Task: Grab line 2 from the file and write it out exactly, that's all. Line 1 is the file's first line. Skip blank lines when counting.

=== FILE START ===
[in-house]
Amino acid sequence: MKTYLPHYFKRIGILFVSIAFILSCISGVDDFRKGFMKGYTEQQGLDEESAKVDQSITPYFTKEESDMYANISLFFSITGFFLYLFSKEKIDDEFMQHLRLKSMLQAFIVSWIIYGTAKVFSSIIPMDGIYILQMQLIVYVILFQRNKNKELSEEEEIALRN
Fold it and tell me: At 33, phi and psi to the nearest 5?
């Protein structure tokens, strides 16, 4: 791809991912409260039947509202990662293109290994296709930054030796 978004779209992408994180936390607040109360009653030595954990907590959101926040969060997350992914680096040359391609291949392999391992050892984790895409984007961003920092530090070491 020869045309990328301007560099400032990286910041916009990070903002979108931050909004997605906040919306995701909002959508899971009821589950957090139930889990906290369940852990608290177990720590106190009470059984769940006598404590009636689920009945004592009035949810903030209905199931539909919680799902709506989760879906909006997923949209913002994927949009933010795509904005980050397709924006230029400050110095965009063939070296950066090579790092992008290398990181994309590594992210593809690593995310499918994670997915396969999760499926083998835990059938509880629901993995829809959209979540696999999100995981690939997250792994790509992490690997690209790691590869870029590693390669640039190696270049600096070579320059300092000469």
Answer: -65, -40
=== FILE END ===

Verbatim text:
Amino acid sequence: MKTYLPHYFKRIGILFVSIAFILSCISGVDDFRKGFMKGYTEQQGLDEESAKVDQSITPYFTKEESDMYANISLFFSITGFFLYLFSKEKIDDEFMQHLRLKSMLQAFIVSWIIYGTAKVFSSIIPMDGIYILQMQLIVYVILFQRNKNKELSEEEEIALRN